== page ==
• "In the work described here, we extend the nonparametric models to 3D shapes and to the combination of cell and nuclear shapes. This eliminates the need to explicitly model the conditional dependency of one shape on the other, in contrast with the previous parametric models (Zhao and Murphy, 2007; Peng and Murphy, 2011). We also develop generative models of the dynamics of cell and nuclear shape. "
    [Show abstract] [Hide abstract]
    ABSTRACT: Modeling cell shape variation is critical to our understanding of cell biology. Previous work has demonstrated the utility of non-rigid image registration methods for the construction of non-parametric nuclear shape models where pairwise deformation distances are measured between all shapes and are embedded into a low dimensional shape space. Using these methods we explore the relationship between cell shape and nuclear shape. We find that these are frequently dependent upon each other and use this as the motivation for the development of combined cell and nuclear shape space models, extending non-parametric cell representations to multiple component 3D cellular shapes and identifying modes of joint shape variation. We learn a first-order dynamics model to predict cell and nuclear shapes given shapes at a previous time point. We use this to determine the effects of endogenous protein tags or drugs on the shape dynamics of cell lines, and show that tagged C1QBP reduces the correlation between cell and nuclear shape. To reduce the computational cost of learning these models, we demonstrate the ability to reconstruct shape spaces using a fraction of computed pairwise distances. The open source tools provide a powerful basis for future studies of the molecular basis of cell organization.
    Preview · Article · Sep 2015 · Molecular biology of the cell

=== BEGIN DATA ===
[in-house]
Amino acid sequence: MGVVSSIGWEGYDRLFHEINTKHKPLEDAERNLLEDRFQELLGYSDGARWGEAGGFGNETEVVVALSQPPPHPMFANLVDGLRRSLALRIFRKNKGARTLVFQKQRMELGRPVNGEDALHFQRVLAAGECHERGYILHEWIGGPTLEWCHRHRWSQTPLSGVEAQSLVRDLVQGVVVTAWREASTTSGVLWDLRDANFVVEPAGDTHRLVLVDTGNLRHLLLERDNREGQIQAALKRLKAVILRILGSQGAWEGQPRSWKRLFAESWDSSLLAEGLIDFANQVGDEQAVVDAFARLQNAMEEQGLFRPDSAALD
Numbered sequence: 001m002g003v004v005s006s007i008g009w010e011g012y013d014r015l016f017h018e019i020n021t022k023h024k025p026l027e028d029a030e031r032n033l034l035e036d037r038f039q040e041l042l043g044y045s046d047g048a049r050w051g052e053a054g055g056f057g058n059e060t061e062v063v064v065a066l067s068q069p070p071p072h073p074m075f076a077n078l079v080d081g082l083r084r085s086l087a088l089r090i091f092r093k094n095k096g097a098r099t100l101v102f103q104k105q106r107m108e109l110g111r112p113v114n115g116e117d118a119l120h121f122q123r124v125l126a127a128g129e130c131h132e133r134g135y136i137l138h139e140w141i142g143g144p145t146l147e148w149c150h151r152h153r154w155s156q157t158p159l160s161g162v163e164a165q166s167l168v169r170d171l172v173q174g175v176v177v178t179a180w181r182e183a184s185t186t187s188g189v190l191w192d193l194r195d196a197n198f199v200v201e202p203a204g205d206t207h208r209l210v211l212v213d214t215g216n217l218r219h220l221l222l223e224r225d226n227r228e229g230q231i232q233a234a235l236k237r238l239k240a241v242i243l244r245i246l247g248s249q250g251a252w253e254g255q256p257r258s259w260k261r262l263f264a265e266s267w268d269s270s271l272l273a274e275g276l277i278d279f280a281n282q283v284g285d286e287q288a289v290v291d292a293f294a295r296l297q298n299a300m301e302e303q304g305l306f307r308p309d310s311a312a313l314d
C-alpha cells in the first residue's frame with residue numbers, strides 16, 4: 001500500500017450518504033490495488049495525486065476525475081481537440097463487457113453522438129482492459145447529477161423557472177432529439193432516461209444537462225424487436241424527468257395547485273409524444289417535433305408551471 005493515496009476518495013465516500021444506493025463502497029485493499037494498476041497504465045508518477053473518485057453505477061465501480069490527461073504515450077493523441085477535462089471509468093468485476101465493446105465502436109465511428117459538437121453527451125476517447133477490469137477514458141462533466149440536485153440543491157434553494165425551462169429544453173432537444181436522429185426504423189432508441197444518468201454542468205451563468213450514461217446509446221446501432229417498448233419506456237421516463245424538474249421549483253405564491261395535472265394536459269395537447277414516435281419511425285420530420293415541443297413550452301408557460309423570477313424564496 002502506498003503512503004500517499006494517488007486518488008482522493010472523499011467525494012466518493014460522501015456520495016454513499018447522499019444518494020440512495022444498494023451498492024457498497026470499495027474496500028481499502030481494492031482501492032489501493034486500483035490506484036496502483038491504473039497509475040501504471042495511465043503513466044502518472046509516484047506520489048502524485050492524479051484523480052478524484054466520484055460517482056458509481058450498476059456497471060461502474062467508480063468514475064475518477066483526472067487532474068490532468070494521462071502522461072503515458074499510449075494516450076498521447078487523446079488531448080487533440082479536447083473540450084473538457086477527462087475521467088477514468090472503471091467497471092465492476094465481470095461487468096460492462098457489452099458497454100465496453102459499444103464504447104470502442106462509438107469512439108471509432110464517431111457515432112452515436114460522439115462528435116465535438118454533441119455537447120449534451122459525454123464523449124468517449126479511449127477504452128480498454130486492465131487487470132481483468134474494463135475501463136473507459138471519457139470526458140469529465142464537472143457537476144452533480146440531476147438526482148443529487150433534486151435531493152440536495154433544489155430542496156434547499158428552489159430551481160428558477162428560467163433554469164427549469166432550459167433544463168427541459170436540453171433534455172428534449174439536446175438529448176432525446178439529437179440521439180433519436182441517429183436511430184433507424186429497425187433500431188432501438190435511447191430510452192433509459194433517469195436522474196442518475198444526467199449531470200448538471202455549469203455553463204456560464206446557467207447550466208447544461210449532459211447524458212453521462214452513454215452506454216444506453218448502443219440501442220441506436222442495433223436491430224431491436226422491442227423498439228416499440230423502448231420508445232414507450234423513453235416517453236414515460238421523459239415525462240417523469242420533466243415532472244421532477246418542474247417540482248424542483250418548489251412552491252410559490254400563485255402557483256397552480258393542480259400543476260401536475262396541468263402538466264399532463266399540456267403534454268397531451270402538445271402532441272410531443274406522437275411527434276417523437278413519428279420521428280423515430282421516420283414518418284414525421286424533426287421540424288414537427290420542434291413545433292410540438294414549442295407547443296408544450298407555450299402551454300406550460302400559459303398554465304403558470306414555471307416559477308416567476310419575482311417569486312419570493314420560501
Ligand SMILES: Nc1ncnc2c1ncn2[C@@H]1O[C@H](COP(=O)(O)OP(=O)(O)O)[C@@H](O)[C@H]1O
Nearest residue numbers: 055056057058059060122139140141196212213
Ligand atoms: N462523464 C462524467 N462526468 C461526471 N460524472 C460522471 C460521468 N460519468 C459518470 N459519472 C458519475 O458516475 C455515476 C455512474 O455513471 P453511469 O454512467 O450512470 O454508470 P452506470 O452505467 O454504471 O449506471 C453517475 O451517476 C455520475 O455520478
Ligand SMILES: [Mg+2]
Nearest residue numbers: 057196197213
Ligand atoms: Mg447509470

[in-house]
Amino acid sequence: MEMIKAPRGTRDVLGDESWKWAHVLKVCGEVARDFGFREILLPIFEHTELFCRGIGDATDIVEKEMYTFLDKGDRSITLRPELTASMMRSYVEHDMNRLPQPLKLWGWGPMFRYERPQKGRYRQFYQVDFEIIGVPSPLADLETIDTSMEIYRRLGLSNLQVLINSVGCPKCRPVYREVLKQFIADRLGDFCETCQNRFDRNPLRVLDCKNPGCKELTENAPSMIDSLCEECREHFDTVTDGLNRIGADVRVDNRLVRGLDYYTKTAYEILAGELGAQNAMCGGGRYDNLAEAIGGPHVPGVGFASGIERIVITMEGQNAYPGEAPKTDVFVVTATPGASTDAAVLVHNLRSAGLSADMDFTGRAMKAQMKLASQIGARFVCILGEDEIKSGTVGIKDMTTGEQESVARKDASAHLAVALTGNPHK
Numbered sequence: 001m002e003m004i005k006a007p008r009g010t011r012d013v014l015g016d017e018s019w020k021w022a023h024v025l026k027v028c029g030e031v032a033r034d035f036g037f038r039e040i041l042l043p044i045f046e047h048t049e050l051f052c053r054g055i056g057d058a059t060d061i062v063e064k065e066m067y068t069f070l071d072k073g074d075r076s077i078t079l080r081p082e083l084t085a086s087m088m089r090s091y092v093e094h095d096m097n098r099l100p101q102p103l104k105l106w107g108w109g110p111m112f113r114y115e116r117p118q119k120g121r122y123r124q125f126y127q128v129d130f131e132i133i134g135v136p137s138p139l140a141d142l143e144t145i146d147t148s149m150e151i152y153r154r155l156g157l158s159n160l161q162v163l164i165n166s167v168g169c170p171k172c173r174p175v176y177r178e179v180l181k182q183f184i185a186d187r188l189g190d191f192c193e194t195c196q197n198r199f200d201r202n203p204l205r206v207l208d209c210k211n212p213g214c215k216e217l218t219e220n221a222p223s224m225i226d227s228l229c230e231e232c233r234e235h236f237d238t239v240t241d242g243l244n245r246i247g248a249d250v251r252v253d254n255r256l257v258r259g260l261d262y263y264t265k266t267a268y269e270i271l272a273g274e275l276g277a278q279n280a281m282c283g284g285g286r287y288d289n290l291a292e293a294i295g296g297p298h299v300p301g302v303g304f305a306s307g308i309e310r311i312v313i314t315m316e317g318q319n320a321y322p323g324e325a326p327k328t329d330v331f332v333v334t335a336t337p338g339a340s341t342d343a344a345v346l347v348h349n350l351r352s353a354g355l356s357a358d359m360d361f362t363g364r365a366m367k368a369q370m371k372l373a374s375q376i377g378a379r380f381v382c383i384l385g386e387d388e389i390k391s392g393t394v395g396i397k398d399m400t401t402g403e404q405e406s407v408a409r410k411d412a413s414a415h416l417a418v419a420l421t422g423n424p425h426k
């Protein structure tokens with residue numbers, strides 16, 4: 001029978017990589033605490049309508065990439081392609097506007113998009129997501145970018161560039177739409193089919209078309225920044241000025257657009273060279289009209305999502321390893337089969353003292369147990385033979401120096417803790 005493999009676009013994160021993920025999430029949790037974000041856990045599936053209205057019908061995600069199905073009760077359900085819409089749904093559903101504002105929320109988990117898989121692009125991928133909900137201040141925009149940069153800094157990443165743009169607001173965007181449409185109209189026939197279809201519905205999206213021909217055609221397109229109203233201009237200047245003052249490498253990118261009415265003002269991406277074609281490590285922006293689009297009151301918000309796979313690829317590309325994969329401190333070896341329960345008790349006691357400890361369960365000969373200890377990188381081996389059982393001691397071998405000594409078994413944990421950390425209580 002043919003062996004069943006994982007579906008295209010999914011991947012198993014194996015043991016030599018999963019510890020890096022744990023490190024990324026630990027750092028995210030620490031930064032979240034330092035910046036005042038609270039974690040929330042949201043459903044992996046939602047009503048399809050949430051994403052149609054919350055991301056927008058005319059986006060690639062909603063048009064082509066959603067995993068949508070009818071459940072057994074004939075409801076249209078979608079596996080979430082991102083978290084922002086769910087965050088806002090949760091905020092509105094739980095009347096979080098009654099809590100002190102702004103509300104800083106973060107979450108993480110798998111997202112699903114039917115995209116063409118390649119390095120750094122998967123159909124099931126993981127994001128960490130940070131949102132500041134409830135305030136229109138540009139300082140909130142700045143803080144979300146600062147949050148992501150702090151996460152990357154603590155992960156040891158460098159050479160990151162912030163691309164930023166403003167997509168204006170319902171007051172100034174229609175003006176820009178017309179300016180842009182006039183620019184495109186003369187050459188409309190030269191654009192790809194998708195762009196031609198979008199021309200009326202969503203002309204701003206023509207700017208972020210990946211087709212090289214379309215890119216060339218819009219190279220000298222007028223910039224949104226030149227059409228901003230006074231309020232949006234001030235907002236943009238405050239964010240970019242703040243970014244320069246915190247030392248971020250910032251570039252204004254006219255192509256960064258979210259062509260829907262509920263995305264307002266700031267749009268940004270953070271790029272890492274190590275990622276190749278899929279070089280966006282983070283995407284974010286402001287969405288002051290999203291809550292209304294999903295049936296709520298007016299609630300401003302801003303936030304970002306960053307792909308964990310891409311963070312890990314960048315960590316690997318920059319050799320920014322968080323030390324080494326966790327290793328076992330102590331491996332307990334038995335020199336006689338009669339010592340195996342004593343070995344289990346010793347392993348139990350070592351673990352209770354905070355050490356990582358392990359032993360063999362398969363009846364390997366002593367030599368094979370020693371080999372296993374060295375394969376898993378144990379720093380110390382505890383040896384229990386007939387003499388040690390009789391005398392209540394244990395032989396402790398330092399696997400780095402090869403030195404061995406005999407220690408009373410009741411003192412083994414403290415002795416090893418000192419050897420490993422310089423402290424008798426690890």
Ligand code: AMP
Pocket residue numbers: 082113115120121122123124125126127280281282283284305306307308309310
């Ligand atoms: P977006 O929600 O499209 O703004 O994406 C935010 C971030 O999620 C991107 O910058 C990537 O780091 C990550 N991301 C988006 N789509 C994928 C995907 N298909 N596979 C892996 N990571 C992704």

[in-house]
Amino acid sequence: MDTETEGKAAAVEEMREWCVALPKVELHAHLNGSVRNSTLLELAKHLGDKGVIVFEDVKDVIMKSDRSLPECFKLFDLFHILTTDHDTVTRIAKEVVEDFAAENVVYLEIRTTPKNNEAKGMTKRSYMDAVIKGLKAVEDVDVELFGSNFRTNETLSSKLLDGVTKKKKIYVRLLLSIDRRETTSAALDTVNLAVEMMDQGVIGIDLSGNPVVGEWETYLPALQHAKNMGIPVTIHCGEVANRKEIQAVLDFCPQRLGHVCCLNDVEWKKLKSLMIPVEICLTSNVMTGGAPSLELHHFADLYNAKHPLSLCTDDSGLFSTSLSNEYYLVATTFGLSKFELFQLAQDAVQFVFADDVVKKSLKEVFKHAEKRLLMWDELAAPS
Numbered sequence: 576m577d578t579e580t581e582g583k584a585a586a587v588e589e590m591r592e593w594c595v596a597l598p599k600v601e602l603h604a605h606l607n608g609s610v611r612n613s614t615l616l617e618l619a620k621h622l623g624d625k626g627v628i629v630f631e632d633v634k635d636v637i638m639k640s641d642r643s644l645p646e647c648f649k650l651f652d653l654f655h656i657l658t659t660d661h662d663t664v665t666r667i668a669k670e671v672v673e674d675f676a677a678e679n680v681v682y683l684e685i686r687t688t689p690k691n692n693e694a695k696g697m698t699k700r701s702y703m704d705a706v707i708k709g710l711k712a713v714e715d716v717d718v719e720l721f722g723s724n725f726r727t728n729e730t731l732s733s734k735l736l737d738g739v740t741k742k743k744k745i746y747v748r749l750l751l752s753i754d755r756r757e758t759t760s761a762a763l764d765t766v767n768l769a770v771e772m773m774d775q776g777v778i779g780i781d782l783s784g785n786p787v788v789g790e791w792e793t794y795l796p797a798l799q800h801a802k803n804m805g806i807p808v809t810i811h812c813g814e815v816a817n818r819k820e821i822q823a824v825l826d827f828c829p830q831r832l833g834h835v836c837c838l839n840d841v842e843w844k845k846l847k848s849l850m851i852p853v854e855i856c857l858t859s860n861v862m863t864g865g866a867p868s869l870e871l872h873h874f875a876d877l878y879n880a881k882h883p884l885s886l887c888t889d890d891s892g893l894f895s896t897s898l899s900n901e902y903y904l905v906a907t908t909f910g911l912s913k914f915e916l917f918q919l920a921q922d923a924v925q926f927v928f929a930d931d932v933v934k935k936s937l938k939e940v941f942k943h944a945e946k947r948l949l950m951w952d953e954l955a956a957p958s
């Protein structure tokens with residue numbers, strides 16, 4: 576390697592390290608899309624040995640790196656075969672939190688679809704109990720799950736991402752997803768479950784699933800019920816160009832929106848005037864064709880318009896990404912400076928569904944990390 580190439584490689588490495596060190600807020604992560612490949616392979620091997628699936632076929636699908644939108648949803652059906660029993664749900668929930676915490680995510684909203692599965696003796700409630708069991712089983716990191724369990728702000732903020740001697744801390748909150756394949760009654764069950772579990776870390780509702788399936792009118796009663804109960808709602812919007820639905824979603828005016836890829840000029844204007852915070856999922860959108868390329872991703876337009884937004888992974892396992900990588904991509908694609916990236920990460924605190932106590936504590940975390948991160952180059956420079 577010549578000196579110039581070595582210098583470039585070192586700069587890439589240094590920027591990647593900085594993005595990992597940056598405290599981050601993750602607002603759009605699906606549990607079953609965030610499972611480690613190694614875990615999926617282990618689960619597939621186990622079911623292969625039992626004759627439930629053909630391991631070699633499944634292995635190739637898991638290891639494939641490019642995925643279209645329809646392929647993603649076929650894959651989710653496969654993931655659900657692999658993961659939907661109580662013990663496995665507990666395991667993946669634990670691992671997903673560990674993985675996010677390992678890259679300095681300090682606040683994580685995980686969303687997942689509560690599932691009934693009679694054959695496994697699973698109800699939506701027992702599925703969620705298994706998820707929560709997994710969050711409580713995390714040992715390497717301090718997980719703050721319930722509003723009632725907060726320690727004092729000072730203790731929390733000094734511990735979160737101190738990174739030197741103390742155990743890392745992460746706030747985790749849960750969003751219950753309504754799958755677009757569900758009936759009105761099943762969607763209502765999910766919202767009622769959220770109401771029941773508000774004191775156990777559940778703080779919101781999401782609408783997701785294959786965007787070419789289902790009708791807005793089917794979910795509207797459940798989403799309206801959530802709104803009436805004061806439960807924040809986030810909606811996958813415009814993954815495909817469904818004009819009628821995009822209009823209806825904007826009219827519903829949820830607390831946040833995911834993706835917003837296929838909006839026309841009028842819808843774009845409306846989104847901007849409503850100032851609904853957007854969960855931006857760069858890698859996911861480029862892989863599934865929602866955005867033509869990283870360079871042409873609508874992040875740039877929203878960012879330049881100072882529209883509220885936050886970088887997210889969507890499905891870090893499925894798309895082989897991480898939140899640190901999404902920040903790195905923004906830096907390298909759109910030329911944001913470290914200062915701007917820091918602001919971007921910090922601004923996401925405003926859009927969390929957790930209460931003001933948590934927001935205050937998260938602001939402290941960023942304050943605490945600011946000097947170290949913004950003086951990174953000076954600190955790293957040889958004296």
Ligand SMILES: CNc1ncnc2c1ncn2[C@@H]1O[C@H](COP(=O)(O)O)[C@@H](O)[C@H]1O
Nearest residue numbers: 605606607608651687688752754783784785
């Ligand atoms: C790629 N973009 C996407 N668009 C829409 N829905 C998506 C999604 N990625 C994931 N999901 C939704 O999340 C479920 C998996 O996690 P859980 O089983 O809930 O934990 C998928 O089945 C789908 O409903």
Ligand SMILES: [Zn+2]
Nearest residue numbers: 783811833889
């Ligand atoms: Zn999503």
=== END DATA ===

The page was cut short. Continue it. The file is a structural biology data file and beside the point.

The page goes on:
• Source
    • "Using a different approach, another group developed a tool using machine learning from real data capable of generating the whole cell, including structures like the nucleus, proteins, cell membrane and cytoplasm components such as microtubules. Although the model was capable of extracting a very precise shape model from real image data, the model could not be described in precise mathematical terms [39]. The developed work later evolved in the development of a publically available toolbox called 'CellOrganizer' [40]. "
    [Show abstract] [Hide abstract]
    ABSTRACT: Escherichia coli is a model organism for the study of multiple biological processes, including gene expression and cellular aging. Recently, these studies started to rely on temporal single cell imaging. To support these efforts, available automated image analysis methods should be improved. One important step is their validation. Ideally, the “ground truth” of the images should be known, which is possible only in synthetic images. To simulate artificial images of E. coli cells, we are developing the ‘miSimBa’ tool (Microscopy Image Simulator of Bacterial Cells). ‘miSimBa’ simulates images that reproduce the spatial and temporal bacterial organization by modelling realistically cell morphology (shape, size and spatial arrangement), cell growth and division, cell motility and some internal functions and intracellular structures, namely, the nucleoid. This tool also incorporates image acquisition parameters that simulate illumination and the primary sources of noise.
    Full-text · Conference Paper · Feb 2015
Show more